At approximately 2:14 on the morning of April 8, 1980, Officer Marvin T. Booker of the Chickasaw Police Department testified that he received a radio dispatch to "backup" Officer Dotson at the intersection of Highway 43 and Saw Mill Road. Officer Booker heard Officer Dotson radio that he was stopping a traffic violator "for speeding and possibly DWI." Approximately three minutes later and before Officer Booker arrived at the intersection, Officer Dotson radioed that no backup was needed. Officer Booker resumed patrolling and a few minutes later received a third radio dispatch that Officer Dotson was "in trouble". Officer Booker arrived at the scene at approximately 2:27 A.M. and found Officer Dotson lying "in a pool of blood" at the rear of his patrol car. Officer Booker radioed for help and within two minutes other police officers began to arrive. Officer Dotson had sustained two shotgun blasts, one to the head and the other to the abdomen. An autopsy revealed that either of the two shotgun wounds would have been fatal.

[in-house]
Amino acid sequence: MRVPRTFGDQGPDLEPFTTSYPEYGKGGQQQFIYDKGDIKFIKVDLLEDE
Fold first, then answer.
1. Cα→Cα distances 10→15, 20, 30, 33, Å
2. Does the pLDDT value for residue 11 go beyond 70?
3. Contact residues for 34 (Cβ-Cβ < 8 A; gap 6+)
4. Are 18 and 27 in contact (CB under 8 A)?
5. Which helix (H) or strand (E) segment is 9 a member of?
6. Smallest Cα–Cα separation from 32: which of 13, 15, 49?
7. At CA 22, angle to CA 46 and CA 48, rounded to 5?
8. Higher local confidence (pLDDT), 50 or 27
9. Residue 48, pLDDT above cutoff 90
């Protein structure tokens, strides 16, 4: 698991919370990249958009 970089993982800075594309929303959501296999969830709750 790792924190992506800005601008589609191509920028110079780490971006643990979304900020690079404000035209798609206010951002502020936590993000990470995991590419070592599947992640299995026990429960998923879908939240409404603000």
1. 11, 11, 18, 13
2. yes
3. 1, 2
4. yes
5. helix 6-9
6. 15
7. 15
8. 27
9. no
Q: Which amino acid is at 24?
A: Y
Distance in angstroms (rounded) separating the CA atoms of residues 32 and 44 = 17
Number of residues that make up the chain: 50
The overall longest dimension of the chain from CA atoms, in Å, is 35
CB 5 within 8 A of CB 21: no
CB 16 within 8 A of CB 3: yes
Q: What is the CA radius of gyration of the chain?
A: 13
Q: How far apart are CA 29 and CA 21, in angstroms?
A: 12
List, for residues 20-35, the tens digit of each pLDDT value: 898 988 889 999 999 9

Officer R. G. Jones of the Chickasaw Police Department arrived at the scene shortly after Officer Booker and found two spent shotgun shells near the victim's body. Officer Jones discovered a "ticket book" used by the Chickasaw Police Department lying on the victim. A ticket for a speeding violation made out to the defendant had been "all but completed" by the victim. The ticket contained the defendant's name, address, date of birth and tag number of his automobile. The defendant's driver's license was also located at the scene. The driver's license was current and had the defendant's photograph, address and "everything on it." Officer Jones also saw the victim's service revolver lying on the ground near the victim. The weapon was cocked but had not been fired.